I often found myself raging internally whilst playing Race the Sun. I’d get so far, just to crash right into a block that wasn’t there a second ago. This only fueled my desire to try again, and again, and again, making this game fairly addictive.
Race the Sun’s objective is to simply “Race the Sun”, as the title states. You’re placed in control of what appears to be some sort of futuristic spaceship and tasked with riding towards the sun, just visible above the horizon directly ahead of the ship. The problem is, there are many obstacles in-between the ship and the sun. The obstacles become more obtrusive as time goes on, starting with the transition from static to dynamic objects. Upon crashing into any object, you’re done, unless you happen to have a multiplier active, in which case, your multiplier disappears, but you remain alive.
During this time, you’re introduced to the various “challenges” that can be completed, and, upon completion, the challenge is replaced with a completely new challenge, among a variety of different challenges. These challenges reminded me of the goals included in that mobile game, Jetpack Joyride. The game also featured user-created worlds. Steam Workshop support is planned (according to the in-game menu), so we’ll have to wait to unleash the full potential of the world builder.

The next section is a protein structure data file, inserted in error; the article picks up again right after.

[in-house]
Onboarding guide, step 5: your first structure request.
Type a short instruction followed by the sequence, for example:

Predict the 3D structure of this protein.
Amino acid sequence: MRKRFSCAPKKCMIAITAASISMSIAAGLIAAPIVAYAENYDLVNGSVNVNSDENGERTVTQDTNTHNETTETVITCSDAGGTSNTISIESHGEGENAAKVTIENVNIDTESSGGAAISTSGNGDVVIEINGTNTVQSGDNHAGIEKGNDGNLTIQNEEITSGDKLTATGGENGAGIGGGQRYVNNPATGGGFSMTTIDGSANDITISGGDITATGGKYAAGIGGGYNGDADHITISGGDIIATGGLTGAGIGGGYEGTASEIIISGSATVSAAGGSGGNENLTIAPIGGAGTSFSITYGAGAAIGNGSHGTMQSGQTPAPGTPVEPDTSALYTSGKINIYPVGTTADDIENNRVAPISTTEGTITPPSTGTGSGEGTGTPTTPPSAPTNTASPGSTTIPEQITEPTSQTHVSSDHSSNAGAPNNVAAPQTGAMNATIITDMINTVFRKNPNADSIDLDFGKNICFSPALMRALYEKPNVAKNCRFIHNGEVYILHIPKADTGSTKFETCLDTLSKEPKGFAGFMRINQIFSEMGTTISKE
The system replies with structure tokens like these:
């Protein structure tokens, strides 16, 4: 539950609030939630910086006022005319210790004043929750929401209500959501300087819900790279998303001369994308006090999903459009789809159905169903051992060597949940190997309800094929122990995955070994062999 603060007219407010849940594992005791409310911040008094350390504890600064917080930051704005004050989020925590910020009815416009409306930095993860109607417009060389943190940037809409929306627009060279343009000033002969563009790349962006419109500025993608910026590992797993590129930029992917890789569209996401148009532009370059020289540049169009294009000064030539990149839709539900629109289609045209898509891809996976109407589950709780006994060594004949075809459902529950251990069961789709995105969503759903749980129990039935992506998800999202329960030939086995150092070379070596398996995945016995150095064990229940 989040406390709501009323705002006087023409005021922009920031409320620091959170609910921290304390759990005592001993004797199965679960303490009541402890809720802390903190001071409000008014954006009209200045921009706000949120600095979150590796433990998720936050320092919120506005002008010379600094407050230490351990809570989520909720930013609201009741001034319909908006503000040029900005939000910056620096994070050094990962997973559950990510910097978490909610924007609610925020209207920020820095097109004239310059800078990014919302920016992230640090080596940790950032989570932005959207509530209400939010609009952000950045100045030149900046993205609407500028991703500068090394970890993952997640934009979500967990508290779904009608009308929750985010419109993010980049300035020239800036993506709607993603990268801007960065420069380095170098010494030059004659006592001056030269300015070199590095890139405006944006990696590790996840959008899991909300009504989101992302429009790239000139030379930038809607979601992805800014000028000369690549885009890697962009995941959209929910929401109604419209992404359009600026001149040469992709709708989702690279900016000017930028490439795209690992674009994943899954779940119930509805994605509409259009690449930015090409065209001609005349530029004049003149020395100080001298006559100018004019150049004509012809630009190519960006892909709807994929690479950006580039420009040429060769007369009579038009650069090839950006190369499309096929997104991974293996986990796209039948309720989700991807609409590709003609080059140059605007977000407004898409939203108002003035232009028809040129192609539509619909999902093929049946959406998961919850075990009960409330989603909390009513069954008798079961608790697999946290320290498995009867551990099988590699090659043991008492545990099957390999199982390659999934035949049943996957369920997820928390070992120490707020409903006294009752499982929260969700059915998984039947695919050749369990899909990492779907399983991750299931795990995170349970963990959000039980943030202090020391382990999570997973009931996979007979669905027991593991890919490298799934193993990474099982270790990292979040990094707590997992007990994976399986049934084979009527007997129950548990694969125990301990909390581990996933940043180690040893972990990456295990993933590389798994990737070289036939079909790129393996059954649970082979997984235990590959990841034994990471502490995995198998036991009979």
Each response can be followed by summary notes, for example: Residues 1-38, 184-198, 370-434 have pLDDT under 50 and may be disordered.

The game has a major flaw, that being the lack of diversity offered out of the box. Race the Sun is probably going to end up relying on user creations to keep its value over time, but the pre-packaged worlds did not satisfy the amount that I had expected from the game. Still looking forward to more worlds offered by the community.
The game’s graphics were set in grayscale, with a few very bright whites also present. This was a great style overall and I thought it fit well with the type of gameplay provided. The game also includes some great atmospheric sounds and music to it, although it was difficult to pay attention to while concentrating so hard on avoiding objects flying at you going hyperspeed.
Race the Sun progressively built up my frustration when I played it for long periods of time. The gameplay works best when experienced in small bursts. Warning: Playing for extended periods of time may result in a broken controller. Race the Sun’s purchase can be justified if you’re the type of gamer who can’t sit through a game for more than 30 minutes.